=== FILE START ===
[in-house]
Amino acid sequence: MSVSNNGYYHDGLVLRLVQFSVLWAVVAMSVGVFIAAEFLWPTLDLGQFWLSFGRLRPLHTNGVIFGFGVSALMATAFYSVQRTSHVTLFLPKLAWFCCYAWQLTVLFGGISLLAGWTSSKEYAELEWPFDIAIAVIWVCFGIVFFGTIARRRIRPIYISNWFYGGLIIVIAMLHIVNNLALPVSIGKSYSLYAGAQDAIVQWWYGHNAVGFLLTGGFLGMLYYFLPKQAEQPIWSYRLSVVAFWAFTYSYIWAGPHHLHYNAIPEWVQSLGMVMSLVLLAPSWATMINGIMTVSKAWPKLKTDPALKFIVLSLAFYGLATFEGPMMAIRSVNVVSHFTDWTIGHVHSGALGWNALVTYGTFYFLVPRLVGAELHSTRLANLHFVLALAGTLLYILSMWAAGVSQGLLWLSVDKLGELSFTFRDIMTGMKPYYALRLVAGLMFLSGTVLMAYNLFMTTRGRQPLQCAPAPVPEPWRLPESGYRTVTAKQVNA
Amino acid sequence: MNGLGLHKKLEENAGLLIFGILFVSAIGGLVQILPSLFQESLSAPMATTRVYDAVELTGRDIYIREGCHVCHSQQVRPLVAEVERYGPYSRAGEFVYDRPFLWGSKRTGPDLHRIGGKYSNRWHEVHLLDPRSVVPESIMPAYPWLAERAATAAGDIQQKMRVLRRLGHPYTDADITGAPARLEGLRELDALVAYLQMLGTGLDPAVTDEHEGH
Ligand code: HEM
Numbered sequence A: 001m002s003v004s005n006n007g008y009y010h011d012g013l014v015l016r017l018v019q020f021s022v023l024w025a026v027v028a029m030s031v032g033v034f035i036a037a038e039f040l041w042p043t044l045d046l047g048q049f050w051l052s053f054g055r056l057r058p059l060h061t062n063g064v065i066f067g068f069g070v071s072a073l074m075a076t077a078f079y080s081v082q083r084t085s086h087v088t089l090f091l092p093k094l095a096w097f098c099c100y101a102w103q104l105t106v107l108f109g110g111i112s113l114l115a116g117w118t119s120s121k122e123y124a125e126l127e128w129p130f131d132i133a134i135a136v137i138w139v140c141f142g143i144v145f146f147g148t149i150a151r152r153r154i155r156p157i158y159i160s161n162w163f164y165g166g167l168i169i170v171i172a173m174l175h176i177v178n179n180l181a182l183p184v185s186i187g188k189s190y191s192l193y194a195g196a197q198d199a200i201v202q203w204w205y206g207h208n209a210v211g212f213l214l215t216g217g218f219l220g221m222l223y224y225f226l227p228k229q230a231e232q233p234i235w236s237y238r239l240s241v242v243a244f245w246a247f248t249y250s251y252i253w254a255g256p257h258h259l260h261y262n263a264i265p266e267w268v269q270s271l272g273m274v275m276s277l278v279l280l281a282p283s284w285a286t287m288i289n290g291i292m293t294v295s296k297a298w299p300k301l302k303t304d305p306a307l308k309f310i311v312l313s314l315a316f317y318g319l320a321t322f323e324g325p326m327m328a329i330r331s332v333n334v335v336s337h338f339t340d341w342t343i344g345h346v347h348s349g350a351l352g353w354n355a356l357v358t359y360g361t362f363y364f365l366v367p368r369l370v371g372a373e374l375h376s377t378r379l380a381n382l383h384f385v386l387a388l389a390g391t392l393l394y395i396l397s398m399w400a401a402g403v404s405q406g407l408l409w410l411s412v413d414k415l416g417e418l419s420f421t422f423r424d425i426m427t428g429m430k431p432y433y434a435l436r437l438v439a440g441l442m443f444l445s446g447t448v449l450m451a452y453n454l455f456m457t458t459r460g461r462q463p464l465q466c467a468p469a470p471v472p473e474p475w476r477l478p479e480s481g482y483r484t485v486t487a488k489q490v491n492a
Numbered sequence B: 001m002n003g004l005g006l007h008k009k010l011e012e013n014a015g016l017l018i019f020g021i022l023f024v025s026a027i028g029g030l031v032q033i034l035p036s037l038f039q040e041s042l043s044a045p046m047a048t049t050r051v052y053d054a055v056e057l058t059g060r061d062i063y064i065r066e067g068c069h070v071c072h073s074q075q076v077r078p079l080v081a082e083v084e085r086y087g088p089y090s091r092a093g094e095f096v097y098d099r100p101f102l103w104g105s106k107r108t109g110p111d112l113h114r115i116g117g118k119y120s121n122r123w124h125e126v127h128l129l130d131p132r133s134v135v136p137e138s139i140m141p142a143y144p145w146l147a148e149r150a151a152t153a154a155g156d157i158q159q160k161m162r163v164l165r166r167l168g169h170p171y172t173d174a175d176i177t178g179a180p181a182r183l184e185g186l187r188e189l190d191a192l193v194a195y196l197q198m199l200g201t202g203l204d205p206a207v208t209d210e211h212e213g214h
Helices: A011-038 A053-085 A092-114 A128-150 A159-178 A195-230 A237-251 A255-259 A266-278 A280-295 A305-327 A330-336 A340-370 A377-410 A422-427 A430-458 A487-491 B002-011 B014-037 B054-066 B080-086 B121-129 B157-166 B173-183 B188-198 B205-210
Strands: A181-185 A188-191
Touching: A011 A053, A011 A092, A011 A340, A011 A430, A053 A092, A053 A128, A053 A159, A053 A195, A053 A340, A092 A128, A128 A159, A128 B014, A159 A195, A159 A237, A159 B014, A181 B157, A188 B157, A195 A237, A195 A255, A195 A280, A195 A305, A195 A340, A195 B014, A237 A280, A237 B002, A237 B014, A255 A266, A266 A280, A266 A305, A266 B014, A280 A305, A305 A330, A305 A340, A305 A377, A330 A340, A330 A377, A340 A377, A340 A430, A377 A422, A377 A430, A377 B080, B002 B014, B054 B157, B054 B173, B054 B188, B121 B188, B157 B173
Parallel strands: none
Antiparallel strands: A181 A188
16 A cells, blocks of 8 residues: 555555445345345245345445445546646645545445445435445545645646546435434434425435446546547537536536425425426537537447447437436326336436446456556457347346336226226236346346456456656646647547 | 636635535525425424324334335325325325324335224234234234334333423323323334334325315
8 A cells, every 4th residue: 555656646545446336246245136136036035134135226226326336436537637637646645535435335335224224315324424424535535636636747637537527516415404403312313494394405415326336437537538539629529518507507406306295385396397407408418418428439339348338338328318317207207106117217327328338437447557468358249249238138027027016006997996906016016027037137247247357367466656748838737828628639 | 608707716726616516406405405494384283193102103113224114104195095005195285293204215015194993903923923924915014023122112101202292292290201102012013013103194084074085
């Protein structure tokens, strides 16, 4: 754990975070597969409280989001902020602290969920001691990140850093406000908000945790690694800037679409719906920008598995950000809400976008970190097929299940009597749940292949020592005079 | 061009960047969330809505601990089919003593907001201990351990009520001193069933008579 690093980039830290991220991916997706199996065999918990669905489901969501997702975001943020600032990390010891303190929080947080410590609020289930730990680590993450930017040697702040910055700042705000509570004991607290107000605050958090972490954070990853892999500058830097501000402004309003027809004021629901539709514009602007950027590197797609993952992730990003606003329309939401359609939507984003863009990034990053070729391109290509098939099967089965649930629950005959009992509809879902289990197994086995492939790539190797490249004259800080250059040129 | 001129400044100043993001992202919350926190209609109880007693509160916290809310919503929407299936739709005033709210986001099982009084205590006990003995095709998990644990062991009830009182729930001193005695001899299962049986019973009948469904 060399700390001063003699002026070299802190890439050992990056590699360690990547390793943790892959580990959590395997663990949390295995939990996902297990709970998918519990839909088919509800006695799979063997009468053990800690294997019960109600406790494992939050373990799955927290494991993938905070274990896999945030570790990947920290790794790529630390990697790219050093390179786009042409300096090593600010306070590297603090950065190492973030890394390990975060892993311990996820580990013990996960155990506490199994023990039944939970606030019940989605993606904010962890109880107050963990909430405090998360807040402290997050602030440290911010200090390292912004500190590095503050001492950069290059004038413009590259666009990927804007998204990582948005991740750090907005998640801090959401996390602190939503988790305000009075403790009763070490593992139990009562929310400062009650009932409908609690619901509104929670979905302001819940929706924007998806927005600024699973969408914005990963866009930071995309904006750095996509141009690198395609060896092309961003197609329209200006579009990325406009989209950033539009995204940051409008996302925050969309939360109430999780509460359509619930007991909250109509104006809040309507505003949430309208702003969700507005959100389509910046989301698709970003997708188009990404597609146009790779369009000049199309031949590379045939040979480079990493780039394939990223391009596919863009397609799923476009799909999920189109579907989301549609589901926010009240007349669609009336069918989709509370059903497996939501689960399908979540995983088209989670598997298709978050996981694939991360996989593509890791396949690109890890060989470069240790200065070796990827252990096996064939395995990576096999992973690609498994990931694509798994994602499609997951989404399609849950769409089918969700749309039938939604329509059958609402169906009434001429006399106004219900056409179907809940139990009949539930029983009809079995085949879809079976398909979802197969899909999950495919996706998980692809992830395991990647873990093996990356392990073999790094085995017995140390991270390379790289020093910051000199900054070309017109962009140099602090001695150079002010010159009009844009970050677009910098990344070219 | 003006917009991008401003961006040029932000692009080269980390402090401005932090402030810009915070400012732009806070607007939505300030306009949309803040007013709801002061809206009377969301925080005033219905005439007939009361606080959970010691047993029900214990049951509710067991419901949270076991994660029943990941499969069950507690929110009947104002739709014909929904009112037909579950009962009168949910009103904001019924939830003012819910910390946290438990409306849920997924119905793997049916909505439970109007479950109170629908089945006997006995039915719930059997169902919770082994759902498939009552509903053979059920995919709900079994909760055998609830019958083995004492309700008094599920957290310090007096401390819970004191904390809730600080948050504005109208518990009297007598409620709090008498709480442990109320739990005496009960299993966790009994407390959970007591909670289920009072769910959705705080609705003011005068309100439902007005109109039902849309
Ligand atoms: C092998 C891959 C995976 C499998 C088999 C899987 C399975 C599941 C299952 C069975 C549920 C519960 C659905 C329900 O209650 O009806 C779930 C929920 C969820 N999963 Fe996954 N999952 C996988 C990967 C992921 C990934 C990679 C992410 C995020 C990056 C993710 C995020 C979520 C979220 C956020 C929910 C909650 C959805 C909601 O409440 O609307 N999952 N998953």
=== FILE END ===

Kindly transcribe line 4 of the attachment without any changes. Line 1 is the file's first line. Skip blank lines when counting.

Ligand code: HEM